Clearly the Coronavirus has meant massive changes to how we work and live our lives. I’ve come across two models you might find helpful as we all adjust to new ways of living.
On LinkedIn I saw the diagram below posted by Dr Celine Mullins. She had not been able to identify its source but thought it was a pretty good way to look at how we might react to the current crisis.
I agree with her observation that as with any “stages” type models we can move between stages on any given day, week or month, and often very quickly. Having said that I certainly like to think we can all aspire to spend a lot of time in the growth zone.
There may be some other words you would put in each of the zones that resonate with you. For example you might say in respect of the growth zone “I am finding new ways to connect with clients and to understand even better what their needs are.” Or, “I am taking this opportunity to find improved processes in my business.” Or perhaps” each day I call at least one friend to check they are OK.”
Here are some questions we might ask ourselves:
- What fear have I been able to identify and put behind me?
- What is one new thing / skill I have learned?
- What is one thing I have done which has seen me grow as a person?
It has been often said that we get to choose our attitude, or we get to choose our mindset. Surely that has never been more true than in the current crisis. I’m choosing a positive mindset and taking the opportunity to complete a few projects I had previously felt I did not have time for. I may be missing out on some other things but it feels really good to be getting these projects done.
What mindset or attitude have you chosen?
One often talked about model when it comes to change is the Kübler-Ross Model. This was named after a Swiss American psychiatrist Elisabeth Kübler-Ross who wrote about it in her 1969 book Death and Dying. In essence, she said there are five stages that a person may go through in response to being terminally ill or losing a loved one.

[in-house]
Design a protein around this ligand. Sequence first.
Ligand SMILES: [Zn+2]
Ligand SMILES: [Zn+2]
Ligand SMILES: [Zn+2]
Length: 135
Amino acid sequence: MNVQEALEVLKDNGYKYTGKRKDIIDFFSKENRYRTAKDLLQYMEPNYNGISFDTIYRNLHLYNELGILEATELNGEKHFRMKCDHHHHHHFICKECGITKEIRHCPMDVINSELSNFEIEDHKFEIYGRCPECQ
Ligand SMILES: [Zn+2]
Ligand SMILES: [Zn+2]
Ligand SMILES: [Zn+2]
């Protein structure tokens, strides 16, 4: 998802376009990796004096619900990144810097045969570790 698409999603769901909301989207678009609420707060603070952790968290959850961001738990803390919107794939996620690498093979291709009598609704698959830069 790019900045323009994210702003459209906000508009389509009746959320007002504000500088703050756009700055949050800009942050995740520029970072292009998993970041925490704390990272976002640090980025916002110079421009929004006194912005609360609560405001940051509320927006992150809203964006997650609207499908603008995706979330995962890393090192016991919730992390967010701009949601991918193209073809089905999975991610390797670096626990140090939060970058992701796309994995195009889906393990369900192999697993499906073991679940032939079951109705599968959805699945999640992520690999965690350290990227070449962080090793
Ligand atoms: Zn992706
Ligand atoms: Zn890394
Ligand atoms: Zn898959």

Later she pointed out that the stages are not necessarily experienced in a linear way and a person may jump back and forth to some extent. This notion of stages being non-lineal is the same as we talked about in our first model. There has also been some doubt cast as to whether there is a body of evidence to support the model and yet it seems to me that it makes sense and can be useful.
What has also happened is that the model has been played around with and extended by others for broader use in how we respond to change. The diagram below is a summary of a popular version of the model as modified. It has morphed from a grief model to a change model.
Kübler-Ross Change Model
Similar to our first model I can see how this model maps against many of our experiences in the current crisis and validates the emotions we are experiencing.
In my mind both these models are useful because they provide a way for us to reflect on our own attitudes and behaviours (and those of others around us) and to create some awareness that it is ok to experience these feelings. Having self awareness supports us to shift from a not so great place to a better place, so to speak.
I think both models show us there is light at the end of the tunnel and we can and will adapt to the changes the Coronavirus crisis has forced upon us.
Rob Pillans | Planet Consulting | www.planetconsulting.com.au
Latest posts by Rob Pillans (see all)
- What does succession look like inside accounting firms? - October 23, 2020
- When and what role to hire next in your accounting firm - September 24, 2020
- Four ways to help your clients and your firm during COVID - August 27, 2020